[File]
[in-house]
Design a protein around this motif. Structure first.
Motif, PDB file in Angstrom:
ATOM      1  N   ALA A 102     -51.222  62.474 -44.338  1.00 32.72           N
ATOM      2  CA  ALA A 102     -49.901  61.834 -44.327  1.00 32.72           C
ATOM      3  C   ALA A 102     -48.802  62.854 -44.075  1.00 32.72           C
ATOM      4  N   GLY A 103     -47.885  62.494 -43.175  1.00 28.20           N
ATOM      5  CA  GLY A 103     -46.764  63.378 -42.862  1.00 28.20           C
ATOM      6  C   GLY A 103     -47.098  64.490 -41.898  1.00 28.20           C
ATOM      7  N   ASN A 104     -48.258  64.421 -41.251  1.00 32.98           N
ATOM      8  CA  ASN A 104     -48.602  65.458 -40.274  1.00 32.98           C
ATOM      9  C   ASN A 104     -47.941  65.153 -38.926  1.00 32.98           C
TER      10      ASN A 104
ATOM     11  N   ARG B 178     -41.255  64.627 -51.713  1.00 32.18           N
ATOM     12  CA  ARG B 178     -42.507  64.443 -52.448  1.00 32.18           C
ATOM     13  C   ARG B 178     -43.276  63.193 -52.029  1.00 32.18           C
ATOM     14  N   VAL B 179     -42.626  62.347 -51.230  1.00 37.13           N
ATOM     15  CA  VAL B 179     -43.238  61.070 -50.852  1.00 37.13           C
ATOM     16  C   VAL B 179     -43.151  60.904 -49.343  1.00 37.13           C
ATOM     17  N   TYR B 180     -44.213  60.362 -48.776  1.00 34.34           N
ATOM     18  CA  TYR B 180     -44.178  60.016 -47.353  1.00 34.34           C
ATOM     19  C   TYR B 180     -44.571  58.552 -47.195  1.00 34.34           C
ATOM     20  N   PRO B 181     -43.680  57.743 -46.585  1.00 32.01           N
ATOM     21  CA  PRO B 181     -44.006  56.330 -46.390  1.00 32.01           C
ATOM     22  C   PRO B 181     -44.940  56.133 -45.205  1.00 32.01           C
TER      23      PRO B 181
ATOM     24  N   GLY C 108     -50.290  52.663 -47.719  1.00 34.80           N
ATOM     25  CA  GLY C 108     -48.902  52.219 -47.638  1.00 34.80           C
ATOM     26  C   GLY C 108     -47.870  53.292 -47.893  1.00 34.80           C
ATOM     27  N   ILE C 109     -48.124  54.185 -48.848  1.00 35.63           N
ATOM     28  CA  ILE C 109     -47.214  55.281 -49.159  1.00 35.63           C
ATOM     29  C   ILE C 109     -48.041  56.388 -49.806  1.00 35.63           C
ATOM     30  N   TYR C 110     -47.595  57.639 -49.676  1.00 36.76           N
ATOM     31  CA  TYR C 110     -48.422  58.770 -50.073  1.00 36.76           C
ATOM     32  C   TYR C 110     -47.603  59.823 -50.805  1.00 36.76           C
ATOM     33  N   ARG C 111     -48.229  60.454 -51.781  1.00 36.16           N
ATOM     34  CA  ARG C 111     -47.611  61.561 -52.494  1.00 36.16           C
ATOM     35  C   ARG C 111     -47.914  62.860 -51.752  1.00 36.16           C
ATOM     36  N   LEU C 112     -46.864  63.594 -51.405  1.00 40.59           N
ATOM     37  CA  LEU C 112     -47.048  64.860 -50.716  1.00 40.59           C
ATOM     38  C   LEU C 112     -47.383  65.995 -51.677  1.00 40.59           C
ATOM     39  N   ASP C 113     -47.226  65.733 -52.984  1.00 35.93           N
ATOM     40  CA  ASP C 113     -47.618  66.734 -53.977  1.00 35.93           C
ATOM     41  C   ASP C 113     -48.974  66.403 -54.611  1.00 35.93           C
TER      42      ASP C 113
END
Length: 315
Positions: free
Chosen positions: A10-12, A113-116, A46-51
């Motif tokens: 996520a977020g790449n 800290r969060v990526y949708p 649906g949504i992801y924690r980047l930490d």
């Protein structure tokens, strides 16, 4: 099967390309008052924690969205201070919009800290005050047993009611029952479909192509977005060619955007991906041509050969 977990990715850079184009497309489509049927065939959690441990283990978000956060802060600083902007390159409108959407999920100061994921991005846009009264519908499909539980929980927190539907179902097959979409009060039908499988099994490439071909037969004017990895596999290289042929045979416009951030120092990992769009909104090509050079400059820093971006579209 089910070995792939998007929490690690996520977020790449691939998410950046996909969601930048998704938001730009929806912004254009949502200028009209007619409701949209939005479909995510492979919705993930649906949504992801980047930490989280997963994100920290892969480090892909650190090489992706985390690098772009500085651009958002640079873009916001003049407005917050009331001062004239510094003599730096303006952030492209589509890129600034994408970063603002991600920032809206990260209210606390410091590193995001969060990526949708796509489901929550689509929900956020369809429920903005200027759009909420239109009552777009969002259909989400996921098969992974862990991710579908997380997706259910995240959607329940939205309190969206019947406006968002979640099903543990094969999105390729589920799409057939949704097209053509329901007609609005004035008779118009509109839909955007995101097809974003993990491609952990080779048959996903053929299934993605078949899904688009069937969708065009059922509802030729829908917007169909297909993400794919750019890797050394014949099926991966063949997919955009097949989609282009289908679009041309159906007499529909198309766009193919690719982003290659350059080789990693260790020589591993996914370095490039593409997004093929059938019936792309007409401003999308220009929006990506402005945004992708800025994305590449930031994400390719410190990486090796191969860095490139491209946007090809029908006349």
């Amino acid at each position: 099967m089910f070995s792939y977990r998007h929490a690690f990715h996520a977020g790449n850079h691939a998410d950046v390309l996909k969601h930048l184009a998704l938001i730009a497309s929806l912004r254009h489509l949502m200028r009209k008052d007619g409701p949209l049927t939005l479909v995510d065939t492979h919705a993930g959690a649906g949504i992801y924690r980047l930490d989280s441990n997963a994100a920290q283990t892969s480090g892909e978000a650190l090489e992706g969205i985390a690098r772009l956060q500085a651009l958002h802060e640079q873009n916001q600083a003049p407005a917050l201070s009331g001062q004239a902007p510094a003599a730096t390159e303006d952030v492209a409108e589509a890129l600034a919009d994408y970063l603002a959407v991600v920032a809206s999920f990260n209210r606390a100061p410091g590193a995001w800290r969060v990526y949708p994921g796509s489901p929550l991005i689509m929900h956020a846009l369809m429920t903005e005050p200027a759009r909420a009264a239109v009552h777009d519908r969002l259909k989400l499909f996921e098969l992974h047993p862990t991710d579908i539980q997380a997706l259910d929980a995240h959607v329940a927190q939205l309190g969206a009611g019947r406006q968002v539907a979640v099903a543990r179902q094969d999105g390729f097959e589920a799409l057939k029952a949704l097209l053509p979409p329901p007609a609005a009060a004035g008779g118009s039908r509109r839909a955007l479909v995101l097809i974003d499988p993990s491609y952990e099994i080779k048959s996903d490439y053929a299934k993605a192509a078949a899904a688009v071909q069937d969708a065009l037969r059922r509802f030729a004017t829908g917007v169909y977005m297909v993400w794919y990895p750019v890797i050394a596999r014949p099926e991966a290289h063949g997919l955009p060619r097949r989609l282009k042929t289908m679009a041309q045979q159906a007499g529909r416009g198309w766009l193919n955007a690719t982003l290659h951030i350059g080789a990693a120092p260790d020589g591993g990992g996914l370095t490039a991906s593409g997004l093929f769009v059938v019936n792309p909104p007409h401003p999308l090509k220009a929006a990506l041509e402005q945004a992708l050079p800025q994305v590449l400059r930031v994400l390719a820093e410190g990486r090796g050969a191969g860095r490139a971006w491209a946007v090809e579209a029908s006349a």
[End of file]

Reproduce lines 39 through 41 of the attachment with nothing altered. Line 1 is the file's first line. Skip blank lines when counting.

ATOM     36  N   LEU C 112     -46.864  63.594 -51.405  1.00 40.59           N
ATOM     37  CA  LEU C 112     -47.048  64.860 -50.716  1.00 40.59           C
ATOM     38  C   LEU C 112     -47.383  65.995 -51.677  1.00 40.59           C